Guwahati, Aug. 8: The various health schemes introduced by the Assam government have helped lower the maternal mortality rate and infant mortality rates over the past few years.
However, the schemes still have a long way to go to ensure the health of all mothers and newborns in the state.
At present, the maternal mortality rate of Assam is 347 per one lakh live births, which is still higher than the national average rate of 172 per one lakh live births.
The infant mortality rate is 55 per 1,000 live births, which, too, is higher than the national average of 44.
The Assam health department over the past few years had introduced several health schemes like Mamomi, Majoni, Janani Sishu Suraksha Yojana and Janani Suraksha Yojana to promote institutional delivery.
But many women in remote areas still do not avail of institutional deliveries.
“When a woman in an inaccessible area goes into labour, there may not be enough time to bring her to a hospital. In such case, she may opt for delivery at the hands of an untrained midwife. Therefore, we have started to transport women in remote areas through the recently launched palanquin service up to a point, from where she will be transported to the hospital in 108 ambulances. In riverine areas, they are first transported by ambulances and then carried across the river to a hospital through boat ambulances. She is then transported to a hospital by another ambulance from the bank,” said Atul Sarma, consultant, Child Health, of NRHM Assam.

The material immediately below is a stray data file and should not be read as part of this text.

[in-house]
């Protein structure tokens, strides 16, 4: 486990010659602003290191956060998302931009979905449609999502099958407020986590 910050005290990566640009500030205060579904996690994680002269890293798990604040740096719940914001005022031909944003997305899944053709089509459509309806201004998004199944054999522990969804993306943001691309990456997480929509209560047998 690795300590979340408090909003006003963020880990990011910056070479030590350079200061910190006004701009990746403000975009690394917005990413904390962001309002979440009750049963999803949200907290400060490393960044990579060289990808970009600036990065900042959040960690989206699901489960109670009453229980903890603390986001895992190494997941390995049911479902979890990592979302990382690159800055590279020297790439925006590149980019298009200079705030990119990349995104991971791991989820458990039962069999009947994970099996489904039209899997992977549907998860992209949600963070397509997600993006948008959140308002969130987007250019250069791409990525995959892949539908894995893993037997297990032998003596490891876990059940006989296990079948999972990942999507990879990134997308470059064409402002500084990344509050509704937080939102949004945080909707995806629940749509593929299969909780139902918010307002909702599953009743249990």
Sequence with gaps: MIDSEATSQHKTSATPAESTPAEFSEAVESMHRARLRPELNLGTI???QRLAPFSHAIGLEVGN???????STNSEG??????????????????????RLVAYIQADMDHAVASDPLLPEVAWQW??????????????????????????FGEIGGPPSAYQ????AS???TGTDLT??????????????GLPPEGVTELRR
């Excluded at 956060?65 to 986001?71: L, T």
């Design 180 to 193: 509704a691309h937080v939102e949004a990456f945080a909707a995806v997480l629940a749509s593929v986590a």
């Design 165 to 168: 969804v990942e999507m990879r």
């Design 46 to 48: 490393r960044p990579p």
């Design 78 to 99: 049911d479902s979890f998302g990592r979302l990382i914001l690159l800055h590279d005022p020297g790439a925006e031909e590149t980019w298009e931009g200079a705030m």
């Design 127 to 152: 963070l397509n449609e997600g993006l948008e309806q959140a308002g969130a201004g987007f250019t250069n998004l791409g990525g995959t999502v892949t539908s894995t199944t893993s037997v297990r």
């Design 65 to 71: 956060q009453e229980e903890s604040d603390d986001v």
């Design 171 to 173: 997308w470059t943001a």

“During institutional delivery doctors can prevent blood loss, which is one of the prime causes of death among mothers. Besides, the baby can also be easily treated for any illness,” said Sarma.
Mamomi ensures three free ante-natal check-ups for pregnant women with cash benefits and under Majoni, each girl child born is given an amount of Rs 5,000, which is kept as fixed deposit and later handed to her after she attains 18 years of age.
Under Janani Sishu Suraksha Karyakaram, free institutional deliveries, including Caesarean sections with free treatment facilities, are provided to mothers and infants.
Under Janani Suraksha Yojana, a woman receives Rs 1,400 for delivering her child in government hospitals in rural areas and Rs 1,000 in urban areas. “The Assam government and NRHM have introduced various schemes to promote safe institutional delivery in hospitals. The accredited social health activists (ASHAs), too, interact with pregnant women to educate them on benefits of institutional delivery. These helped in lowering the infant mortality rate from 420 per one lakh live births about four years ago to 347 per one lakh live births now. The IMR, too, has reduced from 68 per 1,000 live births to 55 per 1,000 live births now,” said Sarma.